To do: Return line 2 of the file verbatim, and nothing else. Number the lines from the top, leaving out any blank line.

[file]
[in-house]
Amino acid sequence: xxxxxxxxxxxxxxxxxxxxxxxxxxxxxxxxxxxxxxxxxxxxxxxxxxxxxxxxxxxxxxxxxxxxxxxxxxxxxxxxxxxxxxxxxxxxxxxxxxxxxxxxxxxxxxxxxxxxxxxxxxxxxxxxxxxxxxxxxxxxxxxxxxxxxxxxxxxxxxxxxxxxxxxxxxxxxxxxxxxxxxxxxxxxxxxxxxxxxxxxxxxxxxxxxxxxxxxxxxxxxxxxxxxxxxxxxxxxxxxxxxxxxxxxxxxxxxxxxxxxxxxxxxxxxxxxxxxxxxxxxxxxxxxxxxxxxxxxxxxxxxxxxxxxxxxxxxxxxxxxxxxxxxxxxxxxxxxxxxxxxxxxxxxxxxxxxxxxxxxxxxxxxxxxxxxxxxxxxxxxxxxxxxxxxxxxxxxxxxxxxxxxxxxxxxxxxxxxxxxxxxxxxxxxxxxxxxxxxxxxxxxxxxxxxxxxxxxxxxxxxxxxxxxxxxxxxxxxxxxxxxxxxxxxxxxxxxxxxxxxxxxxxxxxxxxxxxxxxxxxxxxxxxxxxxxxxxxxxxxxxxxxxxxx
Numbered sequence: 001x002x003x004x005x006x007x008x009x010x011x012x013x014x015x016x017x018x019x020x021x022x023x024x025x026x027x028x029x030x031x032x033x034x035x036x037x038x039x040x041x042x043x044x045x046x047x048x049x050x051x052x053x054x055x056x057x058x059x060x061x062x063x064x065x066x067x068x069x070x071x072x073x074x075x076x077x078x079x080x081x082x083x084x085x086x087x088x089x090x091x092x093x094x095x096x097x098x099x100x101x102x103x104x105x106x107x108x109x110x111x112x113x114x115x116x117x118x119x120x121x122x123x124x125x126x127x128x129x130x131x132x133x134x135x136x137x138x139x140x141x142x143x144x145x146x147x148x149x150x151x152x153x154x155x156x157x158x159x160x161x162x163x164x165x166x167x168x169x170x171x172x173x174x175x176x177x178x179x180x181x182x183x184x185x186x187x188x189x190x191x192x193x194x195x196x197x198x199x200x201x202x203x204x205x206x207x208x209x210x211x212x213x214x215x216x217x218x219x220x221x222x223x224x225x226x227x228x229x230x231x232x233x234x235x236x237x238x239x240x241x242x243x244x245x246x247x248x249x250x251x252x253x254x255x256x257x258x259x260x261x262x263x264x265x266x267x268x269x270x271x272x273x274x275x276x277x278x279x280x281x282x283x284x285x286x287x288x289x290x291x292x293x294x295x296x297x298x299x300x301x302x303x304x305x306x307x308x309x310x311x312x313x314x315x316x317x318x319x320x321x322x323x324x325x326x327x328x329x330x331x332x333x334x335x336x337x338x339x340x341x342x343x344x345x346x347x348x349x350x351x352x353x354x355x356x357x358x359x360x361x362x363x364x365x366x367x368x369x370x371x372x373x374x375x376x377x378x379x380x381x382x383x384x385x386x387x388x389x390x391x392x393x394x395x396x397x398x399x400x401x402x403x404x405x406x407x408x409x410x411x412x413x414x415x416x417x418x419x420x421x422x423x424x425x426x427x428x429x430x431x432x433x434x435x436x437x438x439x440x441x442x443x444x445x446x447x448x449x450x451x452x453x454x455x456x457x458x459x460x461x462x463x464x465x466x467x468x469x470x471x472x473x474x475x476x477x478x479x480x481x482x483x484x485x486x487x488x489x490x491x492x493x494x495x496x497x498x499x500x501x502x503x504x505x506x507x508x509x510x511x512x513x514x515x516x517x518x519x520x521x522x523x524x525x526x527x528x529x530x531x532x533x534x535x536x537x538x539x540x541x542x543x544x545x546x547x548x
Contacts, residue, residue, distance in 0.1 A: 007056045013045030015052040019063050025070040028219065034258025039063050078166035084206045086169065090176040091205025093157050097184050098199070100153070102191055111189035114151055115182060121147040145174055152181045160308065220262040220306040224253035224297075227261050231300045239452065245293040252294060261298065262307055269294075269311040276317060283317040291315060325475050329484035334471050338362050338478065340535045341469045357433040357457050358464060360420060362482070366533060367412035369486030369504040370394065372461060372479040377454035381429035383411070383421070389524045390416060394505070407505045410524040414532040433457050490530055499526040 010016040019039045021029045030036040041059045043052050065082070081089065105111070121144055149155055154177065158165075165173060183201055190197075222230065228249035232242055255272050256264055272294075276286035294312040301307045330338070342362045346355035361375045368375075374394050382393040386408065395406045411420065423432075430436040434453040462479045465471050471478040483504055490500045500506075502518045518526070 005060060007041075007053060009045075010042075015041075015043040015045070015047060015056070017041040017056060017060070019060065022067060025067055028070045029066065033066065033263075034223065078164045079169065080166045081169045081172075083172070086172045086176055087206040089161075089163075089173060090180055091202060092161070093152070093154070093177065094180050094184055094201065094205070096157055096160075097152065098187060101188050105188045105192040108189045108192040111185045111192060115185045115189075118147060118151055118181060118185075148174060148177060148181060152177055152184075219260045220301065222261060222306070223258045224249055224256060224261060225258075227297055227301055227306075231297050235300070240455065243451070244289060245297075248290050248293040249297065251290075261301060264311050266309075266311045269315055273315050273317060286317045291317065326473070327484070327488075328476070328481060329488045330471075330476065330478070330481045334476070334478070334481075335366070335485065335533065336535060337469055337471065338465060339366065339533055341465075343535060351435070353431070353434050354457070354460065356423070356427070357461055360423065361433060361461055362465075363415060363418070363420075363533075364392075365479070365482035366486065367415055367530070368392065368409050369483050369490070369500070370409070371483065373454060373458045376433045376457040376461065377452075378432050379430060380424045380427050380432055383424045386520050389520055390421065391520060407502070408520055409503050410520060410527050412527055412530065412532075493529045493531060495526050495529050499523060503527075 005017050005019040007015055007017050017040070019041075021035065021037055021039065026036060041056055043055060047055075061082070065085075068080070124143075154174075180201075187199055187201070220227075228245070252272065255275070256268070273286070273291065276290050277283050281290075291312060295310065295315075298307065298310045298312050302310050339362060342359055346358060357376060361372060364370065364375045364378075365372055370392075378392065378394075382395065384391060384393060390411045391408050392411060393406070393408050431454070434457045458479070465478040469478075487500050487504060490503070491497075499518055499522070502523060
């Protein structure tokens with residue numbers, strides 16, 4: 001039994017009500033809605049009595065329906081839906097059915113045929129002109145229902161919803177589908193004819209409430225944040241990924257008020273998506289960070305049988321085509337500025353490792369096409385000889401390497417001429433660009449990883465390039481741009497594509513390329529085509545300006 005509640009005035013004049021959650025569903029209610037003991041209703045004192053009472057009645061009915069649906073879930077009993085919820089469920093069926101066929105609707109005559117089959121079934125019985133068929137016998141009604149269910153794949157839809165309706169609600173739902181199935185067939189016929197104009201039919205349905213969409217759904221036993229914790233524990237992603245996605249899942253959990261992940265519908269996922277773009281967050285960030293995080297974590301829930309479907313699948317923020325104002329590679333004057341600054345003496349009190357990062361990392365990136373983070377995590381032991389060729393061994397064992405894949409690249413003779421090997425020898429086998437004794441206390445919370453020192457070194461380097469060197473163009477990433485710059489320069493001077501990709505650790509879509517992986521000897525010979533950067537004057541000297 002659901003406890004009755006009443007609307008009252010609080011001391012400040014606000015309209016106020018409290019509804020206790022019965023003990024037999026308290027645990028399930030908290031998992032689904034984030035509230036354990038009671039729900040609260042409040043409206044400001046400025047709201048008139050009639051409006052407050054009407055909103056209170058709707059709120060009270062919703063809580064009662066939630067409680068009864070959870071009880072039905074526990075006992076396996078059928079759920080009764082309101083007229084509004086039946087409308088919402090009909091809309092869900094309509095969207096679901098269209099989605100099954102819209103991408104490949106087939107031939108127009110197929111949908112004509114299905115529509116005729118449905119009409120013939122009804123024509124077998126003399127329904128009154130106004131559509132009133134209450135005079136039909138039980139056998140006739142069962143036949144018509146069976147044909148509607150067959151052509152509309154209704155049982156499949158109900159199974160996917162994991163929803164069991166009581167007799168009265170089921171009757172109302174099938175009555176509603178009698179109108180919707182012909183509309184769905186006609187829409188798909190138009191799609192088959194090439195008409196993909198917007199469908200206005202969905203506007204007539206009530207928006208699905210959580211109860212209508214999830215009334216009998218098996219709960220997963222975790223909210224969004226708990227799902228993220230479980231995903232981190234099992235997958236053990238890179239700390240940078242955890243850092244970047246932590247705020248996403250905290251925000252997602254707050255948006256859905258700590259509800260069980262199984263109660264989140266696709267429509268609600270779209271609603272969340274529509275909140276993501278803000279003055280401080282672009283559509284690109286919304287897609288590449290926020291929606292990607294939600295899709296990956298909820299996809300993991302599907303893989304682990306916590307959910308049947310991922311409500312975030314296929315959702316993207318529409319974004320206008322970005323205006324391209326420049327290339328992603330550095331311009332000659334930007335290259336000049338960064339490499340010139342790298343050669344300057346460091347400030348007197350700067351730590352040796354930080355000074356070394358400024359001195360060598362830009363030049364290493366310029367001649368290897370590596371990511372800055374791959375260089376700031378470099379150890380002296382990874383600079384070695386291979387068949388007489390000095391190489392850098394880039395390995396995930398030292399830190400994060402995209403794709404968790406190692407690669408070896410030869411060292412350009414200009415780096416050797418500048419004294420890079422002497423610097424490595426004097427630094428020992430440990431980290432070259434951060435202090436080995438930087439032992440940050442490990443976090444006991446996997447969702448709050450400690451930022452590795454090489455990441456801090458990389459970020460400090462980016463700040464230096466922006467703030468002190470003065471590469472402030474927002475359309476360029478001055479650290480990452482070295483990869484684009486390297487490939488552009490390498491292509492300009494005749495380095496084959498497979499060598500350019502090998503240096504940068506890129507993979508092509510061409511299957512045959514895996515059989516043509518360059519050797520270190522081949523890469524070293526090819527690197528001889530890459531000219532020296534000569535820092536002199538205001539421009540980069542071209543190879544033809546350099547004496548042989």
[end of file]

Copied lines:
Amino acid sequence: xxxxxxxxxxxxxxxxxxxxxxxxxxxxxxxxxxxxxxxxxxxxxxxxxxxxxxxxxxxxxxxxxxxxxxxxxxxxxxxxxxxxxxxxxxxxxxxxxxxxxxxxxxxxxxxxxxxxxxxxxxxxxxxxxxxxxxxxxxxxxxxxxxxxxxxxxxxxxxxxxxxxxxxxxxxxxxxxxxxxxxxxxxxxxxxxxxxxxxxxxxxxxxxxxxxxxxxxxxxxxxxxxxxxxxxxxxxxxxxxxxxxxxxxxxxxxxxxxxxxxxxxxxxxxxxxxxxxxxxxxxxxxxxxxxxxxxxxxxxxxxxxxxxxxxxxxxxxxxxxxxxxxxxxxxxxxxxxxxxxxxxxxxxxxxxxxxxxxxxxxxxxxxxxxxxxxxxxxxxxxxxxxxxxxxxxxxxxxxxxxxxxxxxxxxxxxxxxxxxxxxxxxxxxxxxxxxxxxxxxxxxxxxxxxxxxxxxxxxxxxxxxxxxxxxxxxxxxxxxxxxxxxxxxxxxxxxxxxxxxxxxxxxxxxxxxxxxxxxxxxxxxxxxxxxxxxxxxxxxxxxxxxxxx